Folks who’ve been following this blog for years know that periodically I like to venture beyond New York’s borders to find and report on interesting decisions from other states in business divorce cases.

Historically there have been significant differences in the statutory and case law of the 50 states that limit the utility of cross-border research and citation in disputes between co-owners of partnerships, close corporations, and LLCs. Delaware law, for example, does not authorize a claim for judicial dissolution of a close corporation based on shareholder oppression.

On the other hand, the growing proportion nationwide of business divorce cases involving LLCs, which by their nature lend themselves to a contract-centric mode of jurisprudence, have had something of an interstate leveling effect which encourages business divorce practitioners to keep abreast of out-of-state case law developments.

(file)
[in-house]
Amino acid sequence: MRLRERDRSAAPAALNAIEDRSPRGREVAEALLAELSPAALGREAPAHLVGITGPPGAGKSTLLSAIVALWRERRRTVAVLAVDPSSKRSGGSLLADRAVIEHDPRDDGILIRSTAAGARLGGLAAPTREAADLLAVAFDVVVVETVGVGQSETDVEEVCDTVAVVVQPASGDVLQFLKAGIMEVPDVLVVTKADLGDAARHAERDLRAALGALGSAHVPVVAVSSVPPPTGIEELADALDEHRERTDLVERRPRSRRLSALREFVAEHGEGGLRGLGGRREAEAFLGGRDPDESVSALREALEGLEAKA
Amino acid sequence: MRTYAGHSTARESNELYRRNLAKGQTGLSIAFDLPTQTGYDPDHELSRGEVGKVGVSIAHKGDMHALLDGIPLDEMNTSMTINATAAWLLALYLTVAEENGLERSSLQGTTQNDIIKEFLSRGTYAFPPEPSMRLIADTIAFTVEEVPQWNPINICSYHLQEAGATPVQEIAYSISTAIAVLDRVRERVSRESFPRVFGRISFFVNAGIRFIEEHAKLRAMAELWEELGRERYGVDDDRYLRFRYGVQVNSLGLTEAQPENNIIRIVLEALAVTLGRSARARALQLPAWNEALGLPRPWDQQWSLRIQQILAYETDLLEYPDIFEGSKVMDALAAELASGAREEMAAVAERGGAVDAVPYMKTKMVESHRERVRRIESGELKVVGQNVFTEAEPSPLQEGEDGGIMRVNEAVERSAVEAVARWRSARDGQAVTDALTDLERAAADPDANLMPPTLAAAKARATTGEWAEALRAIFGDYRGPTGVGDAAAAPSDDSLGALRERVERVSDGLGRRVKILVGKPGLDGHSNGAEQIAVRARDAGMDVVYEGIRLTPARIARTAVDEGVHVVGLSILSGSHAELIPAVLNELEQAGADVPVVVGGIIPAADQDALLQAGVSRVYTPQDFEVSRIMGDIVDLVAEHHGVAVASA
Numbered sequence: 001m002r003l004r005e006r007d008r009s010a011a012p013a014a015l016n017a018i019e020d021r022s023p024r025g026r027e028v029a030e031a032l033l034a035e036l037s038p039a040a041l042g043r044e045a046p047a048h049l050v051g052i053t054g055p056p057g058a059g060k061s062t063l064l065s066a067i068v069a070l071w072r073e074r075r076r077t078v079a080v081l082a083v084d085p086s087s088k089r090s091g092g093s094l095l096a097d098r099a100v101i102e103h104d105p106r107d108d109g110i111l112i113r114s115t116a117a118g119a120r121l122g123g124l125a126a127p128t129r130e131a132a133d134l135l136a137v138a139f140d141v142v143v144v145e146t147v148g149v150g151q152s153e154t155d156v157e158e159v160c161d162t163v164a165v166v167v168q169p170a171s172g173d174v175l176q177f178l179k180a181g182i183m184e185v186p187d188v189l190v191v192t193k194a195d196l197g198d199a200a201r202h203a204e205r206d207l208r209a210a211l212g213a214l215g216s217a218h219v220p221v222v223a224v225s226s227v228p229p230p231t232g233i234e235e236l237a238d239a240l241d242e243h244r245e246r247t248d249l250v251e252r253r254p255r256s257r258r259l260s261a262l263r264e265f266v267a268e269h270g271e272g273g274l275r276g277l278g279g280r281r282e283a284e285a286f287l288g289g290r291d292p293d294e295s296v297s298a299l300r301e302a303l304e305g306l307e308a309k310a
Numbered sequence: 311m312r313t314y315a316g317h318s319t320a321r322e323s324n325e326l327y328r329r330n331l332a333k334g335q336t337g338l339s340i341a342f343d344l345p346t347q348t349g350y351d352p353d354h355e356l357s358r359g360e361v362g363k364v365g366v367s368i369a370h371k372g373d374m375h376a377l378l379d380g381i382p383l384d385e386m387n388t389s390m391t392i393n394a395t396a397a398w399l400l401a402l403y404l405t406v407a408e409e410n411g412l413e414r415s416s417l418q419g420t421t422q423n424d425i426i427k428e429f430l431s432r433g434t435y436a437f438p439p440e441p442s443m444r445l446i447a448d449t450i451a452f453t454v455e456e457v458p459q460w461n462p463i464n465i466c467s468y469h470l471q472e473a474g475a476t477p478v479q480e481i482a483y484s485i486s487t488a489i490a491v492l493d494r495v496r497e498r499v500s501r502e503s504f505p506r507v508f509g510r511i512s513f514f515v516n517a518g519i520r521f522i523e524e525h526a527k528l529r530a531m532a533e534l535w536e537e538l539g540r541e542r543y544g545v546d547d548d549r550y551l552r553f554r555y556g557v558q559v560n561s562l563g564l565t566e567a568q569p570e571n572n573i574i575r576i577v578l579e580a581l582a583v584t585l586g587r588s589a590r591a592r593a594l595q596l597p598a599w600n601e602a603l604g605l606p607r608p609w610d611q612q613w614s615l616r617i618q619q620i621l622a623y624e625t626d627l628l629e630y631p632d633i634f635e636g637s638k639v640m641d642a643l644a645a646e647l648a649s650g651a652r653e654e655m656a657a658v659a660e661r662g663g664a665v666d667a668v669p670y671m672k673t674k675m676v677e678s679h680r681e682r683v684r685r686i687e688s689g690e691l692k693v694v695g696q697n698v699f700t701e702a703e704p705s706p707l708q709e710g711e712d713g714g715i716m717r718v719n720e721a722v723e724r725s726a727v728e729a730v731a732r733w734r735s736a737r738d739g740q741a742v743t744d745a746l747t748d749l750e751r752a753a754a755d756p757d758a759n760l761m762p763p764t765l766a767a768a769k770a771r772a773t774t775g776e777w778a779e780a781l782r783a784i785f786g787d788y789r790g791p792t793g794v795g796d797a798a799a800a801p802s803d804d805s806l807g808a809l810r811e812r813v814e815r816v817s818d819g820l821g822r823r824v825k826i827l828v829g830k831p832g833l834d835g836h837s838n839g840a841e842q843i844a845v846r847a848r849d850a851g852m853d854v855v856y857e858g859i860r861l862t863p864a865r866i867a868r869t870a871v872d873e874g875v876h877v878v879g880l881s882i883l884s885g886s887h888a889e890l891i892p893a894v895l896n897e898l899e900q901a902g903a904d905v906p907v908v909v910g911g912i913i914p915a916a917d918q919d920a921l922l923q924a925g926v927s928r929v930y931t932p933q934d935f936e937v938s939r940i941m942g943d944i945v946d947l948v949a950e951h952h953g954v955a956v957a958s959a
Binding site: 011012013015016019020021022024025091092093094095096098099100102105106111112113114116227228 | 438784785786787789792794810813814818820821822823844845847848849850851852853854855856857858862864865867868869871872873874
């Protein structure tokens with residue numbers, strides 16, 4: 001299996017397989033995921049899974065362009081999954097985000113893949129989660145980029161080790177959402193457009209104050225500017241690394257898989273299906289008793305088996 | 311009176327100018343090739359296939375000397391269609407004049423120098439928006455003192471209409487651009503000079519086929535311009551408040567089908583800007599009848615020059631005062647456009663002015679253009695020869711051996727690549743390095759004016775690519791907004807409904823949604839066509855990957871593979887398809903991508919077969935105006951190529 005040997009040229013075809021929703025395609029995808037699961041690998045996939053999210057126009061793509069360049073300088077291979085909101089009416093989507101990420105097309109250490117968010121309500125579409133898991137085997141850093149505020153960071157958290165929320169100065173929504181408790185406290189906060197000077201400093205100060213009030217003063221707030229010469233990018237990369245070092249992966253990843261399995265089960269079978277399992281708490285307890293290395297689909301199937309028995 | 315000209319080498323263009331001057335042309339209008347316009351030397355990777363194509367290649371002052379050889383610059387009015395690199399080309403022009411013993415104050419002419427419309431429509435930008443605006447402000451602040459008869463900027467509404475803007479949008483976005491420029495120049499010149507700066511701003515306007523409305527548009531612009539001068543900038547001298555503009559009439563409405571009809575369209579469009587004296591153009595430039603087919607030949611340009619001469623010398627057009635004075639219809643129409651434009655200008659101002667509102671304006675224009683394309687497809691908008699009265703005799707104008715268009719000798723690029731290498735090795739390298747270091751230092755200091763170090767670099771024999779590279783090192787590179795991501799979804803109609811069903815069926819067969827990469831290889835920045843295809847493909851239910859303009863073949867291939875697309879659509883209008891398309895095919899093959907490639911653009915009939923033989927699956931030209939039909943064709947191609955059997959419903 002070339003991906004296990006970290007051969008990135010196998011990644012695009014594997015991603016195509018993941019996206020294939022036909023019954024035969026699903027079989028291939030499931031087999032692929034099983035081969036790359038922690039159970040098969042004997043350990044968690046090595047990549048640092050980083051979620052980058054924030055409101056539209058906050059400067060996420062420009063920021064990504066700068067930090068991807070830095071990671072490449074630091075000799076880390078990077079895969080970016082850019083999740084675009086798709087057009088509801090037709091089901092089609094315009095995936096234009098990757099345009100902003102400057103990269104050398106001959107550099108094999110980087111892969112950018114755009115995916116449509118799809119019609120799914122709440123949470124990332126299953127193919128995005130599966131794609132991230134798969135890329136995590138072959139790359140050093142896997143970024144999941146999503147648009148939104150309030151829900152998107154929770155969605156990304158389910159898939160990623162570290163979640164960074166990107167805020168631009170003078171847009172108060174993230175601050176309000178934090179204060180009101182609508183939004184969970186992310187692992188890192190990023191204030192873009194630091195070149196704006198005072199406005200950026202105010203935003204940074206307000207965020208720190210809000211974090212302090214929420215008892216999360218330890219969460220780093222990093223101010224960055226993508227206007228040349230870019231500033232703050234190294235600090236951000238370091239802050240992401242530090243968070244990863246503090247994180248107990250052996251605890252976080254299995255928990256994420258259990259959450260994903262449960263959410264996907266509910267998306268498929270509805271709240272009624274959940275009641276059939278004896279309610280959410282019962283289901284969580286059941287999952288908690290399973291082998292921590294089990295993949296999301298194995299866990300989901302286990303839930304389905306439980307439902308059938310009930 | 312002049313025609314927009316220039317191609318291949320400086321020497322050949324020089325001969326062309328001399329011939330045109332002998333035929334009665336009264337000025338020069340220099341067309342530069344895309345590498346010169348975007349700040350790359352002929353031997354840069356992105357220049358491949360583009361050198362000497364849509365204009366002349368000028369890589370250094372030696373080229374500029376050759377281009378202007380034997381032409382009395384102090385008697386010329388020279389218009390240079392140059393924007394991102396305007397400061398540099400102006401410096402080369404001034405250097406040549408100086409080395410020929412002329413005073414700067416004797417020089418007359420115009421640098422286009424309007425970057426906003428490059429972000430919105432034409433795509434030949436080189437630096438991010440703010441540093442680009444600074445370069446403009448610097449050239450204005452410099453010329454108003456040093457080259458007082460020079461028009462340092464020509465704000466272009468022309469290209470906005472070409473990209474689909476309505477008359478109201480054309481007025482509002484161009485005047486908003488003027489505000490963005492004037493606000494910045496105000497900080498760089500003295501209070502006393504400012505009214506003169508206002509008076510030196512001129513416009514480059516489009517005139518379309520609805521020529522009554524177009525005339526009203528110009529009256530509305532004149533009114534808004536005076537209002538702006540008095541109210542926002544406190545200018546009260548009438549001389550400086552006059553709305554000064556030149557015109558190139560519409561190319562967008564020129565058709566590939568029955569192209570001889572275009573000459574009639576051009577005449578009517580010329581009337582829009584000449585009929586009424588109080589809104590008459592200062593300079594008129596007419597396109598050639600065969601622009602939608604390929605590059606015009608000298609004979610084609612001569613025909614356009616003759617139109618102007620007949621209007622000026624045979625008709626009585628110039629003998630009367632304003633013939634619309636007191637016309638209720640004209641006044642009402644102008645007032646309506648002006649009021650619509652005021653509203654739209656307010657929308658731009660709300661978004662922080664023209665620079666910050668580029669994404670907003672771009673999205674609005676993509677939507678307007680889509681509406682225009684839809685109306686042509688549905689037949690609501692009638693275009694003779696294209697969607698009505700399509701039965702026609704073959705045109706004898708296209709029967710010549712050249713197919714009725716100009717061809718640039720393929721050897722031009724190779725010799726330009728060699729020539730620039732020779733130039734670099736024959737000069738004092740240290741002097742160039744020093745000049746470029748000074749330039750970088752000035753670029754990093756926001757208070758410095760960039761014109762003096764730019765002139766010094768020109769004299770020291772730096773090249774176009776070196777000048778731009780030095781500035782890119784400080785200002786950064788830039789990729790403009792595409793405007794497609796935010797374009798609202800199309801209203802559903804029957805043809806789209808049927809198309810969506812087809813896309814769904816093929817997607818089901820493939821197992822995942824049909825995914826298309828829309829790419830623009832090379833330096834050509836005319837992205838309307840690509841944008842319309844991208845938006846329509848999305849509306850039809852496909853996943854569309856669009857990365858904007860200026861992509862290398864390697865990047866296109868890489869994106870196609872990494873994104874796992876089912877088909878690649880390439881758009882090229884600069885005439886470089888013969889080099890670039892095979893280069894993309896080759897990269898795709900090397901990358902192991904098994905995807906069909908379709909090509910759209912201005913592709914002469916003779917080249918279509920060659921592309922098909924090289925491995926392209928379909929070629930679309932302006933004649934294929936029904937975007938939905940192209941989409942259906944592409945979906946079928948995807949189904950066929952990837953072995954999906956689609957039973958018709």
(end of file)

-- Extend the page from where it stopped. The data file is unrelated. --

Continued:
In that vein, following are summaries of five noteworthy, recent court decisions from five different states — two involving LLCs, one involving a limited partnership, and two involving close corporations.

Delaware: Chancery Court Invalidates LLC Manager’s Removal Based on Unauthorized Amendment of Operating Agreement

In DiDonato v Campus Eye Management, LLC, decided earlier this year by Vice Chancellor Will, the plaintiff sued under Section 18-110 of the Delaware LLC Act for a declaration that the majority member of the parent company of the defendant management services organization (MSO) improperly removed him as the MSO’s sole manager pursuant to an invalid amendment of its operating agreement adopted without the plaintiff’s consent.